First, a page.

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Please Stop Whining, Eric Mangini

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Someone call the whambulance, because Browns coach Eric Mangini has been busy whining ever since Sunday about various things stemming from his team's loss to the Lions, and it's getting to the point where all you can do is laugh at just how stupid he sounds.  I can understand being upset about how the end of the game played out just because it was such a tough way to lose, but it's so apparent that he is trying to deflect blame off himself that he is just making himself sound dumber and dumber every time he opens his mouth.

Before taking a look at what he said about the final sequence of events during Sunday's game, let's first take a look at comments he made that accused Lions players of faking injuries.  Seriously.

"I'm just saying there were a lot of them [injuries]," he said.

"There were multiple, multiple, multiple injuries throughout our no-huddle process," Mangini said Sunday.

Apparently Mangini didn't watch much film of the Lions in preparation for Sunday's game, because if he had he would've seen that the Lions are a very injury prone team.  Every week, regardless of what style of offense the opposing team runs, the Lions suffer a ton of injuries.  Some turn out to be very serious, whereas others just keep players out of the game for a limited amount of time.  The fact of the matter is that this team has been banged up a lot, and if Mangini would have watched even five minutes of the Vikings game he would have seen that.

In response to Mangini's comments, Jim Schwartz came out firing and put the most idiotic coach in the league in his place.

"He’s way out of bounds on that," Schwartz said. "That couldn’t be further than the truth. There was no need to do that to slow the pace down, because the officials were doing a really good job of standing over the ball for us and them.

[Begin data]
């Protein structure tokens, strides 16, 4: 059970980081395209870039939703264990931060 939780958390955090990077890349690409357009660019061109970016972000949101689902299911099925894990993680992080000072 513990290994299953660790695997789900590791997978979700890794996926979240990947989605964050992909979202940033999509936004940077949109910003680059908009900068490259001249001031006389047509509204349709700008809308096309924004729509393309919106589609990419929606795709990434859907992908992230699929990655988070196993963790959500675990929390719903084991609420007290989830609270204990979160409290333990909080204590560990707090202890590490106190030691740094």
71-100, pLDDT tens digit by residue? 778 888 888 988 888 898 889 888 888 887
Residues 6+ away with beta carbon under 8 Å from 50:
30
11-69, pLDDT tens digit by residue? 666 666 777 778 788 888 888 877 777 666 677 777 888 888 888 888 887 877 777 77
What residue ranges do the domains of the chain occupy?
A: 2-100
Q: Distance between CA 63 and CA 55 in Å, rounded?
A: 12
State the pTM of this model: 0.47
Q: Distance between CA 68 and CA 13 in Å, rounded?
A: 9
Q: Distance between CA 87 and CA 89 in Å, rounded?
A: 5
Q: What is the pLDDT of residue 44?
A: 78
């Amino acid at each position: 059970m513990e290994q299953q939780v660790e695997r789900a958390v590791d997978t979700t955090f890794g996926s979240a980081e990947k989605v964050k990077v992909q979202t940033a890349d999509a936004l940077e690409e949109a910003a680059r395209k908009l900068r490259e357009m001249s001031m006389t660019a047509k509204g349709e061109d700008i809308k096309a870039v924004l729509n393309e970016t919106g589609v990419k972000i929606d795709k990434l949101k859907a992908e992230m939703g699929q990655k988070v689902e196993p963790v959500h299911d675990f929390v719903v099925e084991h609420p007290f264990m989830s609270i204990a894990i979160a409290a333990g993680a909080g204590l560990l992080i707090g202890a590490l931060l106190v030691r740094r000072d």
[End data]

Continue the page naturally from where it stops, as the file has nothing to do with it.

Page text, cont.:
"We used a lot of no-huddle also, and I thought that the crew did a really good job of making sure that substitutes were allowed to come from either side if the offense substituted. So that game was under control that way.

"There was no need to do any of that stuff. That couldn’t be further from the truth."

As if Mangini's first set of complaints weren't bad enough, he continued to embarrass himself by showing a complete lack of knowledge of the rules when talking about the pass interference call at the end of the game.

"I can't control that call," Mangini said. "I haven't been a part of any calls like that, I haven't seen it called, where it affected the outcome of a game like it did. It's really not illegal contact when the guy's out of the pocket or scrambling. But they called it."

You are correct, Eric, it wasn't illegal contact.  That's because one of your corners was busy pushing Bryant Johnson out of the end zone and another was busy tackling Calvin Johnson while the ball was in the air.  That is something I like to call pass interference. 

Jim Schwartz, please put this idiot in his place again.

"They don’t know what they’re talking about," Schwartz said. "You can quote me on that, because when the quarterback’s out of the pocket, there can still be pass interference. There can’t be illegal contact, but there can be pass interference. And when the ball’s in the air, you can’t make contact with the receivers. It’s clear.

"There’s more flags thrown than there were officials. So when you’re making contact and you’re not playing the ball and the ball’s in the air, it’s pass interference. That’s as clear a case of pass interference … I mean, not only did they interfere with Bryant, but they interfered with Calvin as Calvin’s trying to make the play. One guy’s intercepting the ball, but the other guy’s not playing the ball. The other guy’s undercutting Calvin’s legs."

Mangini's final complaint was about how an excessive celebration penalty should have been called after the Lions scored the game-tying touchdown.

"There was a lot of celebrating going on after the play, coaches out on the field ... excessive celebration," Mangini said. "I thought that was a penalty, too, but that that didn't called. That's a 15-yard penalty, there's a big difference in the extra point."

Jim Schwartz actually acknowledged that Mangini may have a point, but he also said that he doubted Jason Hanson would come up short on a 35-yard extra point.  Regardless, maybe Mangini should worry more about his team letting the Lions drive down the field so quickly or the fact that throwing an incompletion on third down and stopping the clock gave Detroit a significant amount of time rather than complaining about everything he can think of.  As much as I'd like to see Cleveland continue to stink it up, I will be very happy when Eric Mangini is fired.  And yes, it's only a matter of time with the number of stupid things this guy does and says.  It makes me glad that the Lions have someone like Jim Schwartz, because Mangini seems like he is the Matt Millen of coaching.